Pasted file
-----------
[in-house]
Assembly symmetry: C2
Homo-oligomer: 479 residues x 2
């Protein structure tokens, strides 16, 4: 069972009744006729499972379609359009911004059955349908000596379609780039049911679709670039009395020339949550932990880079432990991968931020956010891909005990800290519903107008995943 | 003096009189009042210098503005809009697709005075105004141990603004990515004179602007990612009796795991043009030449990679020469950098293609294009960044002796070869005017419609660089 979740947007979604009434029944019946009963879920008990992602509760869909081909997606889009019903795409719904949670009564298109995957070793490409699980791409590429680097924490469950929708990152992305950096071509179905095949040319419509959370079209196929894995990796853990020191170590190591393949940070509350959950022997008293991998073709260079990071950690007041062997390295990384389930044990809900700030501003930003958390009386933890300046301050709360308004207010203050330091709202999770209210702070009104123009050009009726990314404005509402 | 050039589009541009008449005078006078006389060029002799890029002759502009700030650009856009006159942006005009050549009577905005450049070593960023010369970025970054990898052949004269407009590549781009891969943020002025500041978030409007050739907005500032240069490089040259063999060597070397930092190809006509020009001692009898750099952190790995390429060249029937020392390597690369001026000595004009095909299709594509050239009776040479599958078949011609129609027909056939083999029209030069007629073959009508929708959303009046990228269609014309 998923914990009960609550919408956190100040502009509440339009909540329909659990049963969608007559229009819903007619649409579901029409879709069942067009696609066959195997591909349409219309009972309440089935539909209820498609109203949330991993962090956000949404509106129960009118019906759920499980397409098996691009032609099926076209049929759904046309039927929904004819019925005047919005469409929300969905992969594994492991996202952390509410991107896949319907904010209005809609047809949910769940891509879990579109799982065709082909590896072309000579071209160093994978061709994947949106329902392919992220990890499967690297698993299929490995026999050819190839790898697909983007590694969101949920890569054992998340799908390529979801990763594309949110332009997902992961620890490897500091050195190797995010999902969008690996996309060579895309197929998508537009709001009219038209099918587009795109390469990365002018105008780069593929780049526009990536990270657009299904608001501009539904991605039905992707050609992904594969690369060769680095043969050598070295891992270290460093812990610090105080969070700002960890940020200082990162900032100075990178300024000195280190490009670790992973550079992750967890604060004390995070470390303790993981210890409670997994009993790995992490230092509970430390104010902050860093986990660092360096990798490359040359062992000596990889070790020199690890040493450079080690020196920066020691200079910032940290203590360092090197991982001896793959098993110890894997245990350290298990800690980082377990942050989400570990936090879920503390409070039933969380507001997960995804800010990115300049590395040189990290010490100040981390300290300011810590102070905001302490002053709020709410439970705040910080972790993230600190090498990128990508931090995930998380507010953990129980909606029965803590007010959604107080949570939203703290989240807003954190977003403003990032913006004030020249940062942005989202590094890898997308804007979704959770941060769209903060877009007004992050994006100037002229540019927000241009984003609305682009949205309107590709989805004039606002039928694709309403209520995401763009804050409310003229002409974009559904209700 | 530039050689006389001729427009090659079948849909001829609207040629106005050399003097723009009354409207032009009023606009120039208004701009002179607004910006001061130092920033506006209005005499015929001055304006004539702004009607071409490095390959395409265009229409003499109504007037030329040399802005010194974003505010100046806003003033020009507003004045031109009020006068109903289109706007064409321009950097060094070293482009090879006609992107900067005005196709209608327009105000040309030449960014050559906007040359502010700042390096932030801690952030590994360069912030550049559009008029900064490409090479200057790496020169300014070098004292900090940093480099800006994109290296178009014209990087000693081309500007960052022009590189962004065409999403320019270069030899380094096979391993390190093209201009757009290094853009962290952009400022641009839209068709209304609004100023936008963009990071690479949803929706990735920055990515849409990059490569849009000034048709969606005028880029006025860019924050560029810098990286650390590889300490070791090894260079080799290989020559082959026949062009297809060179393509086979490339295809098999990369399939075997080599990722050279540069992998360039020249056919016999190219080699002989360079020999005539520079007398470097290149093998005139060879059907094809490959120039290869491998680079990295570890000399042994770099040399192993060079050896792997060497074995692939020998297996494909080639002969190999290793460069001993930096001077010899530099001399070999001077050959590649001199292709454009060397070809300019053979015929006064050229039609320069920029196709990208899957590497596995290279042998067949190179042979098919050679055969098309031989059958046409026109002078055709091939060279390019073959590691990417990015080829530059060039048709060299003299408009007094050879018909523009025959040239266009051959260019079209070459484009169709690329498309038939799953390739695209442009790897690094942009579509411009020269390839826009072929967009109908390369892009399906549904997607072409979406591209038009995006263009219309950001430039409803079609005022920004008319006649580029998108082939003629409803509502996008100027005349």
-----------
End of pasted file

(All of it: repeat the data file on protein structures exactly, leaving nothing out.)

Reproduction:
[in-house]
Assembly symmetry: C2
Homo-oligomer: 479 residues x 2
């Protein structure tokens, strides 16, 4: 069972009744006729499972379609359009911004059955349908000596379609780039049911679709670039009395020339949550932990880079432990991968931020956010891909005990800290519903107008995943 | 003096009189009042210098503005809009697709005075105004141990603004990515004179602007990612009796795991043009030449990679020469950098293609294009960044002796070869005017419609660089 979740947007979604009434029944019946009963879920008990992602509760869909081909997606889009019903795409719904949670009564298109995957070793490409699980791409590429680097924490469950929708990152992305950096071509179905095949040319419509959370079209196929894995990796853990020191170590190591393949940070509350959950022997008293991998073709260079990071950690007041062997390295990384389930044990809900700030501003930003958390009386933890300046301050709360308004207010203050330091709202999770209210702070009104123009050009009726990314404005509402 | 050039589009541009008449005078006078006389060029002799890029002759502009700030650009856009006159942006005009050549009577905005450049070593960023010369970025970054990898052949004269407009590549781009891969943020002025500041978030409007050739907005500032240069490089040259063999060597070397930092190809006509020009001692009898750099952190790995390429060249029937020392390597690369001026000595004009095909299709594509050239009776040479599958078949011609129609027909056939083999029209030069007629073959009508929708959303009046990228269609014309 998923914990009960609550919408956190100040502009509440339009909540329909659990049963969608007559229009819903007619649409579901029409879709069942067009696609066959195997591909349409219309009972309440089935539909209820498609109203949330991993962090956000949404509106129960009118019906759920499980397409098996691009032609099926076209049929759904046309039927929904004819019925005047919005469409929300969905992969594994492991996202952390509410991107896949319907904010209005809609047809949910769940891509879990579109799982065709082909590896072309000579071209160093994978061709994947949106329902392919992220990890499967690297698993299929490995026999050819190839790898697909983007590694969101949920890569054992998340799908390529979801990763594309949110332009997902992961620890490897500091050195190797995010999902969008690996996309060579895309197929998508537009709001009219038209099918587009795109390469990365002018105008780069593929780049526009990536990270657009299904608001501009539904991605039905992707050609992904594969690369060769680095043969050598070295891992270290460093812990610090105080969070700002960890940020200082990162900032100075990178300024000195280190490009670790992973550079992750967890604060004390995070470390303790993981210890409670997994009993790995992490230092509970430390104010902050860093986990660092360096990798490359040359062992000596990889070790020199690890040493450079080690020196920066020691200079910032940290203590360092090197991982001896793959098993110890894997245990350290298990800690980082377990942050989400570990936090879920503390409070039933969380507001997960995804800010990115300049590395040189990290010490100040981390300290300011810590102070905001302490002053709020709410439970705040910080972790993230600190090498990128990508931090995930998380507010953990129980909606029965803590007010959604107080949570939203703290989240807003954190977003403003990032913006004030020249940062942005989202590094890898997308804007979704959770941060769209903060877009007004992050994006100037002229540019927000241009984003609305682009949205309107590709989805004039606002039928694709309403209520995401763009804050409310003229002409974009559904209700 | 530039050689006389001729427009090659079948849909001829609207040629106005050399003097723009009354409207032009009023606009120039208004701009002179607004910006001061130092920033506006209005005499015929001055304006004539702004009607071409490095390959395409265009229409003499109504007037030329040399802005010194974003505010100046806003003033020009507003004045031109009020006068109903289109706007064409321009950097060094070293482009090879006609992107900067005005196709209608327009105000040309030449960014050559906007040359502010700042390096932030801690952030590994360069912030550049559009008029900064490409090479200057790496020169300014070098004292900090940093480099800006994109290296178009014209990087000693081309500007960052022009590189962004065409999403320019270069030899380094096979391993390190093209201009757009290094853009962290952009400022641009839209068709209304609004100023936008963009990071690479949803929706990735920055990515849409990059490569849009000034048709969606005028880029006025860019924050560029810098990286650390590889300490070791090894260079080799290989020559082959026949062009297809060179393509086979490339295809098999990369399939075997080599990722050279540069992998360039020249056919016999190219080699002989360079020999005539520079007398470097290149093998005139060879059907094809490959120039290869491998680079990295570890000399042994770099040399192993060079050896792997060497074995692939020998297996494909080639002969190999290793460069001993930096001077010899530099001399070999001077050959590649001199292709454009060397070809300019053979015929006064050229039609320069920029196709990208899957590497596995290279042998067949190179042979098919050679055969098309031989059958046409026109002078055709091939060279390019073959590691990417990015080829530059060039048709060299003299408009007094050879018909523009025959040239266009051959260019079209070459484009169709690329498309038939799953390739695209442009790897690094942009579509411009020269390839826009072929967009109908390369892009399906549904997607072409979406591209038009995006263009219309950001430039409803079609005022920004008319006649580029998108082939003629409803509502996008100027005349």